Having established that it is theoretically possible to set up a social system whereby, even if the ruling class survived, their power could be curtailed if not completely abolished — what is stopping us from doing this? One reads the post and reflects: this is Utopian. Never happen. The ruling class would never surrender its powers, and if supplanted by the bureaucracy, the bureaucrats would do exactly the same. The people are sheeple who will never dare to challenge their masters. Until the proles become conscious they cannot revolt, and until they revolt they cannot become conscious. We are doomed. Let’s sit around and watch Top Billing.

Why does one think in that particular fashion?

Well, one reason is that we are told to. There has probably never been a time in South Africa’s history when official public utterance has been so profoundly hostile to idealism of any kind. The Mail and Guardian is probably the nearest thing South Africa has to a “liberal” newspaper, and this newspaper’s coverage of COP17 was not only steeped in petrochemical corporate waste, it was peppered with disdainful references to the Democratic Left and “greenies”. Now, it is true that the Democratic Left and the Greens are mostly dodgy charlatans, but next to the kind of scum that bobbed about at COP17 they are paragons of integrity and realism. The Creator is no great fan of Patrick Bond, but when Bond appeared on AM Live to face the corporate stooges rooting for COP17, he ran rings around them partly because he knew what he was talking about, and partly because he was ready and able to tell the truth as he saw it, whereas the rest of the commentators were only concerned with how to go about telling lies effectively.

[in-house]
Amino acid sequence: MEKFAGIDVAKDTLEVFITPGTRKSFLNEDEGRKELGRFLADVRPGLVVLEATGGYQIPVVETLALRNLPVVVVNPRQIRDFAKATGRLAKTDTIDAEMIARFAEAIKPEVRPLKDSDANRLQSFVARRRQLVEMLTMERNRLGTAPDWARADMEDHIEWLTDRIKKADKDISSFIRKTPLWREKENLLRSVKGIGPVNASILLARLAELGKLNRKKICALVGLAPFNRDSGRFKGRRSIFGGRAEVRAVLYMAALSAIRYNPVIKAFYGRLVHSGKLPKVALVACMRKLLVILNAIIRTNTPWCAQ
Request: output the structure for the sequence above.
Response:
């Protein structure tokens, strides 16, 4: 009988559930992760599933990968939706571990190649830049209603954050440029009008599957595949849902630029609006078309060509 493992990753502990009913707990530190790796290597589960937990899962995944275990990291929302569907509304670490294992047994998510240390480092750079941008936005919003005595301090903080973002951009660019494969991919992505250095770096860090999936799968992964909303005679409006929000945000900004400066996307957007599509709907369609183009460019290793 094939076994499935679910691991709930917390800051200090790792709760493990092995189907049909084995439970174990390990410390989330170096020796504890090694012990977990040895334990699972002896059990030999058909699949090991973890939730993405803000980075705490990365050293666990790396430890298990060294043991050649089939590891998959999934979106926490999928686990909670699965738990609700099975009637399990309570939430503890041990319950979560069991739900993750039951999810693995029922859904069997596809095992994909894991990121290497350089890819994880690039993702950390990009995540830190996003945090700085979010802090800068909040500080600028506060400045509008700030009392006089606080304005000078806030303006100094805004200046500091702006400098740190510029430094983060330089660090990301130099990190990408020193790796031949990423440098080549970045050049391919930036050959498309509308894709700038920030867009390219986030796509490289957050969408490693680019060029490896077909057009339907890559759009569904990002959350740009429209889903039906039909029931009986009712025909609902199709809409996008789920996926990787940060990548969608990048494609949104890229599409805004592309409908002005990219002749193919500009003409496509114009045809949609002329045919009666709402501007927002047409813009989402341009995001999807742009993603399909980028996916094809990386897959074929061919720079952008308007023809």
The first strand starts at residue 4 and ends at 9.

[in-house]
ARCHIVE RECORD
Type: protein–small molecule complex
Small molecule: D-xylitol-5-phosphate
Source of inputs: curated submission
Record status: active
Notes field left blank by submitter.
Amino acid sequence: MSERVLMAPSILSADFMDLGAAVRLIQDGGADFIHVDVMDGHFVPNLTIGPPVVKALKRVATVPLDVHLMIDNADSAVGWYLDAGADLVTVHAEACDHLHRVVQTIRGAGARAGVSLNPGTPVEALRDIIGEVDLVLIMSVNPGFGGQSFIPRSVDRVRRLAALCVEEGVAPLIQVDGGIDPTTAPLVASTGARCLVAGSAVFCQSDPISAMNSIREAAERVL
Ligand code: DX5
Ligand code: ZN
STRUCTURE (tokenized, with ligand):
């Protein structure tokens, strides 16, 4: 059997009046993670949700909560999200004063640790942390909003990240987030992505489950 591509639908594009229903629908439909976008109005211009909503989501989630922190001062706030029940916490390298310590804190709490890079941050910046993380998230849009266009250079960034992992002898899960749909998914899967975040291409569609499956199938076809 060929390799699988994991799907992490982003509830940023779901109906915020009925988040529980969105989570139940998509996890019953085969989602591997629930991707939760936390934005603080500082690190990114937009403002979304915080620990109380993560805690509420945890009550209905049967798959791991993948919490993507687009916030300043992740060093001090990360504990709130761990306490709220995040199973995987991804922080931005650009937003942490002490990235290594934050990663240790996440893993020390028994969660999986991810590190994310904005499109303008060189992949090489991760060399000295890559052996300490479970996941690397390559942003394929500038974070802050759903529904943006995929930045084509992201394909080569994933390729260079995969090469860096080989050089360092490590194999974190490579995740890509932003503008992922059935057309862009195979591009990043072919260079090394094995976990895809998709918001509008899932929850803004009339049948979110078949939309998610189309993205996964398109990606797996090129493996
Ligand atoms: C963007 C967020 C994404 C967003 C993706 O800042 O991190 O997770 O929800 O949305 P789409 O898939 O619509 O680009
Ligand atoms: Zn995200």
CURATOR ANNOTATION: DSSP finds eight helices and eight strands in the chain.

This vast network of right-wing propaganda exists almost entirely for the purpose of forcing lies and logically false concepts into the brains of the public. These lies and logically false concepts are generated and encouraged by the ruling class. They control the media and the punditocracy, and therefore they can ensure that virtually everything the average person hears is, subtly or crassly, made up of ruling-class propaganda. It is part of the air we breathe.

If you sit down and analyse it, of course, you can easily find falsehoods. Most propaganda is relatively easy to expose — it ain’t rocket science to do so. However, it takes work to do this, and one has to have some incentive to do that work. Most people are unwilling to do the work because they have no incentive. If they like what is going on, most of the propaganda is tailored to tell them that what is going on is good. But if they don’t like what is going on, there is propaganda tailored to show them a way of opposing what is going on in a superficial way without actually opposing it in a profound way. (Thus the Mail and Guardian‘s attacks on environmentalism and democratic socialism were carried out in the name of support for freedom, justice and the salvation of the planet, just as the butchery of Libya was carried out in the name of human rights.)